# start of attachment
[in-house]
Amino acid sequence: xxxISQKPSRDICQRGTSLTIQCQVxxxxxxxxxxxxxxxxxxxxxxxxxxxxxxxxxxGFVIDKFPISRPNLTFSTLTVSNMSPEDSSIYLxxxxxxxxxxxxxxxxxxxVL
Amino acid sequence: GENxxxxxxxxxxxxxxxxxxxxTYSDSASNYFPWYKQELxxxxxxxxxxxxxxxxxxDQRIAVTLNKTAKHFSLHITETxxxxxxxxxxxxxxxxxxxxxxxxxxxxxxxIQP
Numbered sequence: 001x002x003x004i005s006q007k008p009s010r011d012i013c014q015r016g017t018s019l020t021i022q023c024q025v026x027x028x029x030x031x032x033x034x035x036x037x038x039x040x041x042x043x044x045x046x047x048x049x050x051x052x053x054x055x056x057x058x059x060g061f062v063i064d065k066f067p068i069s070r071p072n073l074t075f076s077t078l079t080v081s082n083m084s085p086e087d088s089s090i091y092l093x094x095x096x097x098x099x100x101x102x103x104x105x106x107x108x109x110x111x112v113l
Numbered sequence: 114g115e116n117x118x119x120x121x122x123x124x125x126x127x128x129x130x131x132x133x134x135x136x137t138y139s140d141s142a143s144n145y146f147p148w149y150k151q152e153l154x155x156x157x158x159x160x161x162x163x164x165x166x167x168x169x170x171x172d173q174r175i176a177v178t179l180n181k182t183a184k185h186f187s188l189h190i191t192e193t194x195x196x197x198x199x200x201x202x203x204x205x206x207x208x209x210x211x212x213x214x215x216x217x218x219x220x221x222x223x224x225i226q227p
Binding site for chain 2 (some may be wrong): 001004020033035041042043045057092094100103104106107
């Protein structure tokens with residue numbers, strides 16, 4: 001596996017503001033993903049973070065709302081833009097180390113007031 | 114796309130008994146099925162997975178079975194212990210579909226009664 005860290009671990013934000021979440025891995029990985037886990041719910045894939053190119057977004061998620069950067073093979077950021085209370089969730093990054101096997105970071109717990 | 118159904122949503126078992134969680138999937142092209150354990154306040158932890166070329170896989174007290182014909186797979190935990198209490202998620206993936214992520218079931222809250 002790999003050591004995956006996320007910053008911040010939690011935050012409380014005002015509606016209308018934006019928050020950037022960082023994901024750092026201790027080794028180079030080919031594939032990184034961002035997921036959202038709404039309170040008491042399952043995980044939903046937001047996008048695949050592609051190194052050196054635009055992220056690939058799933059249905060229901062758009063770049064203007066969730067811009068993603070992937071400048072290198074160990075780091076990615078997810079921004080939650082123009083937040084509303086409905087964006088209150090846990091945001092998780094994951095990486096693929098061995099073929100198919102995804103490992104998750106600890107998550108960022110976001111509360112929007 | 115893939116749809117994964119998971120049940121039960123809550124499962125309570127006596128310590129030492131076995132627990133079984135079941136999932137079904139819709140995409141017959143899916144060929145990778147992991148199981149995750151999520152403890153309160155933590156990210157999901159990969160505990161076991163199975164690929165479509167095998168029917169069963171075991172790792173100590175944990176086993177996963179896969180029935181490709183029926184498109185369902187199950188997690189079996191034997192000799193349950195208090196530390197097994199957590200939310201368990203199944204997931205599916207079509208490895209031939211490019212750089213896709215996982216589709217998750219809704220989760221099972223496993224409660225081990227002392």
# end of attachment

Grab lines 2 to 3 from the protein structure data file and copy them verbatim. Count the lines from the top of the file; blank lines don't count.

Amino acid sequence: xxxISQKPSRDICQRGTSLTIQCQVxxxxxxxxxxxxxxxxxxxxxxxxxxxxxxxxxxGFVIDKFPISRPNLTFSTLTVSNMSPEDSSIYLxxxxxxxxxxxxxxxxxxxVL
Amino acid sequence: GENxxxxxxxxxxxxxxxxxxxxTYSDSASNYFPWYKQELxxxxxxxxxxxxxxxxxxDQRIAVTLNKTAKHFSLHITETxxxxxxxxxxxxxxxxxxxxxxxxxxxxxxxIQP